There’s an old story of an African-American preacher who was trying to motivative his congregation to greater ministry. As he concluded his sermon, he said if this church is going to go it’s got to walk the walk. To which someone, responded, “Let her walk, preacher!”
Then he said, if this church is going to grow, it’s gotta get up and run. Among a chorus of “Amens” someone hollered, “Let her run, preacher!”
Feeling the surge of excitement, the preacher bellowed, “And if this church is really going to grow big, it’s gotta fly! And with even greater gusto, the congregation roared, “Let her fly, preacher!”
Seeking to seize the moment, the preacher challenged with even deeper passion, “And if this church is gonna fly it’s gonna take money.”
At that, someone yelled back, “Let her walk, preacher.”
The subject of giving is a touchy subject for many. Anytime you begin to discuss the topic of the members’ money, someone thinks you’re meddling in something that’s none of your business. And many preachers shy away for fear of being accused of lobbying for a raise.
The Bible, however, discusses the use of money in a direct and unambiguous manner. In addressing the need to support the needy saints, Paul issues this exhortation to the Corinthian church.
“But this I say: He who sows sparingly will also reap sparingly, and he who sows bountifully will also reap bountifully. So let each one give as he purposes in his heart, not grudgingly or of necessity; for God loves a cheerful giver.” (1 Cor. 9:6-7)
At the heart of giving is the issue of stewardship. A steward is not the owner, but one assigned to properly manage the owner’s assets. God is the owner. Everything belongs to Him. But he’s entrusted us to use the prosperity he’s given us while we’re on earth.
Stewardship involves the proper use of our time, talents and treasure. All that we are and all that we possess is because of God’s grace and goodness. From the Old Testament teaching on tithing to Jesus’ stewardship parables, to plain instructions in the epistles about using our gifts to glorify God and sharing our monetary resources, the Bible is clear about our stewardship responsibilities.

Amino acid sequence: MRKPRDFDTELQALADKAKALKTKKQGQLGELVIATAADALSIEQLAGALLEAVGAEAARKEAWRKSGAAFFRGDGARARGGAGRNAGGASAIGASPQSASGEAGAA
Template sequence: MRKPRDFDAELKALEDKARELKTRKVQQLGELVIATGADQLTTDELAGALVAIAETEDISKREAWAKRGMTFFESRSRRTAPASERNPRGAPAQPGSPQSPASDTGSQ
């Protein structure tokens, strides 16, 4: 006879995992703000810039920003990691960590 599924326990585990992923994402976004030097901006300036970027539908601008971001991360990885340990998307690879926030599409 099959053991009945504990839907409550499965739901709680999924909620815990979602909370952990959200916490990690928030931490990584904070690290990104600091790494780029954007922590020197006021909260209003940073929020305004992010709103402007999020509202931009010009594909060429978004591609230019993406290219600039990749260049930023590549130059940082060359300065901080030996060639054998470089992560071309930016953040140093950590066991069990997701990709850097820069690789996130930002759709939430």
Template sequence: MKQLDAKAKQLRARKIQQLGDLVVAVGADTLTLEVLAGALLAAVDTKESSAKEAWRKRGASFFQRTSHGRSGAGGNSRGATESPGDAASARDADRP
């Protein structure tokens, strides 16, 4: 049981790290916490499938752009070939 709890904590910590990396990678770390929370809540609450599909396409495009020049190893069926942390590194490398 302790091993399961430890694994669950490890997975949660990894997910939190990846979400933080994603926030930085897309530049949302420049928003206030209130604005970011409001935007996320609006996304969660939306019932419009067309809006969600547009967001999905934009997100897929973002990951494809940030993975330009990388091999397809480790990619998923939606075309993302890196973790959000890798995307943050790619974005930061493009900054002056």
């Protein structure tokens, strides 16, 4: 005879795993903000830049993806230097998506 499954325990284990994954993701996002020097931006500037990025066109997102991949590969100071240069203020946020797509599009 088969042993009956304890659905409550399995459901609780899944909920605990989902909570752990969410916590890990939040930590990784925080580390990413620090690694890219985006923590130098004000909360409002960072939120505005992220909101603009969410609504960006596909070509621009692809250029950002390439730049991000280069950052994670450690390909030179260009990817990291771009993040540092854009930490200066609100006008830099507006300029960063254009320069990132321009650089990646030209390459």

When it comes to the Lord’s day contribution, the question is often asked, “How much should I give?” There’s no definitive answer with an amount or percentage. It’s more of a matter of looking into our hearts rather than our wallets.
Here are 5 guidelines for giving that hopefully will provide some direction.
#1 Giving is to God.
We talk about giving to the church or helping a needy a saint, or supporting a preacher, but the object of our giving is really God. The contribution is a part of the Lord’s Day worship (1Cor. 16:1). When we fail to give, we’re not shortchanging the church, but robbing God (Mal. 8:3-10).
#2 Giving is based on Personal Prosperity.
The Bible commands us to give “in keeping with our income” (1 Cor. 16:1). You can’t give what you don’t have. They’re other Bible commands regarding supporting our families, paying our taxes, and helping the needy. So, our ability must be considered in view of what we can personally afford.
It’s not about the amount, but the intent of the heart. One unknown sage said, “It’s not what you do with the million if fortune should ere be your lot, but what are you doing at present with the dollar and quarter you got.”
#3 Giving should be planned.
The keyword in this text is “purpose.” This is a decision. It involves choice. Forethought. Evaluation. And resolve. Giving is not an afterthought. Or scrambling to see if we have any cash on us to put something in the plate when it’s passed. Giving is intentional.
#4 Giving should be voluntary
Giving should not be done grudgingly. Half-heartedly. Or reluctantly. Don’t give under compulsion or pressure. Giving should arise from devout desire, not disgruntled duty.
#5 Giving should be cheerful
The Greek word translated “cheerful” is “hilaros.” From it is derived our English word hilarious. It means merry. Joyful. And enthusiastic. Can you give to God with a big grin on your face? Everything in life requires money. This is true in ministry and spiritual matters as well.
When we give, God promises to bless us. We will reap what we sow. In this regard, consider this warning from Peter Marshall: “Give according to your income, lest God make your income according to your giving.”
–Ken Weliever, The Preacherman